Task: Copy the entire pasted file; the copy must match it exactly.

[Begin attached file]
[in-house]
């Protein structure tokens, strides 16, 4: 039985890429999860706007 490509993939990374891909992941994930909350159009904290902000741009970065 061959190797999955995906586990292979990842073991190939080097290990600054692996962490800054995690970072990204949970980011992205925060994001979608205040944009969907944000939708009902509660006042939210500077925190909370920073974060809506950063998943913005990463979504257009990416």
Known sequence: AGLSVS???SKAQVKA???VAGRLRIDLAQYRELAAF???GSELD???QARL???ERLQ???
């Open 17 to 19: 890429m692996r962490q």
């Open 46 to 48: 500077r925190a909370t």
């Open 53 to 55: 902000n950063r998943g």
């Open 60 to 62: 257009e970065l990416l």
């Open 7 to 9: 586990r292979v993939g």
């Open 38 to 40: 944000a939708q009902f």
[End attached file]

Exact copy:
[in-house]
């Protein structure tokens, strides 16, 4: 039985890429999860706007 490509993939990374891909992941994930909350159009904290902000741009970065 061959190797999955995906586990292979990842073991190939080097290990600054692996962490800054995690970072990204949970980011992205925060994001979608205040944009969907944000939708009902509660006042939210500077925190909370920073974060809506950063998943913005990463979504257009990416």
Known sequence: AGLSVS???SKAQVKA???VAGRLRIDLAQYRELAAF???GSELD???QARL???ERLQ???
């Open 17 to 19: 890429m692996r962490q």
């Open 46 to 48: 500077r925190a909370t």
């Open 53 to 55: 902000n950063r998943g």
């Open 60 to 62: 257009e970065l990416l």
């Open 7 to 9: 586990r292979v993939g």
């Open 38 to 40: 944000a939708q009902f």